Supreme Court strikes down 10.5% Vanniyar quota in Tamil Nadu

Updated on Mar 31, 2022 12:17 PM IST

The law granting 10.5% reservation for Vanniyars within the 20% quota for Most Backward Classes was passed in February 2021 ahead of the assembly polls

 (AFP)
(AFP)

NEW DELHI: The Supreme Court on Thursday struck down a Tamil Nadu law providing reservation to the Vanniyar community, which is considered one of the most backward in the state, saying caste alone cannot be the exclusive basis to grant quota within a reserved category.

A bench of justices L Nageswara Rao and BR Gavai upheld the Madras high court’s November verdict that held the quota to be unconstitutional. The state government, Pattali Makkal Katchi (PMK), which represents the Vanniyars, and a host of individuals filed appeals against the high court order.

Justice Rao, who read out the operative part of the judgment, said the 2021 state law is ultra vires of the Constitution since there was no substantial basis to classify the Vanniyar community as a separate category.

The law granting 10.5% reservation to Vanniyars within the 20% quota for Most Backward Classes (MBCs) was passed in February 2021 ahead of the assembly polls. It was challenged before the top court and the Madras high court simultaneously.

In July 2021, the top court refused to stay the law while allowing the hearing before the high court. The high court in November ruled the 10.5% quota law passed during the previous All India Anna Dravida Munnetra Kazhagam (AIADMK)’s rule days before elections were announced was illegal because of a lack of quantifiable data to measure the “extreme backwardness” of the Vanniyars.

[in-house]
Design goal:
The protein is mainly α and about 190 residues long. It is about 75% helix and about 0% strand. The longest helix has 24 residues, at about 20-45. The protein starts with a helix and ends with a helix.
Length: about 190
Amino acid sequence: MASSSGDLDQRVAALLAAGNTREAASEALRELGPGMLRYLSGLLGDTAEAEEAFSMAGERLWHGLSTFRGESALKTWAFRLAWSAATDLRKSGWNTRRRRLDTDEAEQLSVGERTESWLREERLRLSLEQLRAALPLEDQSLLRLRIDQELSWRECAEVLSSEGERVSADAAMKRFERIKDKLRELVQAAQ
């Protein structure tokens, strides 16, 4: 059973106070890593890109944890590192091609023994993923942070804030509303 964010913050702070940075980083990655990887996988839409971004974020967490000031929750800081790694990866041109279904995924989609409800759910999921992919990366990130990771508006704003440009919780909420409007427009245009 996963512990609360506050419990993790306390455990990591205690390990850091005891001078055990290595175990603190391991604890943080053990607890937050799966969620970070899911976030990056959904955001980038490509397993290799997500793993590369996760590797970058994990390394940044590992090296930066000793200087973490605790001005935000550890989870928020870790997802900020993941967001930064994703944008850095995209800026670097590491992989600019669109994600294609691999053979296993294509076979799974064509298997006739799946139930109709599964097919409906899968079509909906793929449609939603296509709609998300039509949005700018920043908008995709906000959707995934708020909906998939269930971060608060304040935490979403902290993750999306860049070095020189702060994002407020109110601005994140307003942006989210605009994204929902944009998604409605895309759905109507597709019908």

The state government argued MBCs were identified in Tamil Nadu as early as 1957 as equivalent to scheduled castes but without the factor of untouchability.

The Tamil Nadu Backward Classes Commission recommended an internal quota for Vanniyars up to 10.5% within the 20% quota in 2012. It gave the go-ahead for implementing the quota within the MBC quota in 2021. Representatives of MBCs and de-notified communities filed petitions in the Madras high court against it.

The Commission was asked to grant the internal reservation within the 20% quota in 2012. In 1994, a law provided 20% reservation for MBCs.

The government claimed the 1992 Indira Sawhney judgment allows states to subcategorise castes.

On December 16, the bench protected all appointments and admissions made under the law. The top court restrained the state from making any further appointments or admissions. This order was necessary as, during the pendency of the matter in the high court, nearly 75,000 students took admission availing benefits under this law.

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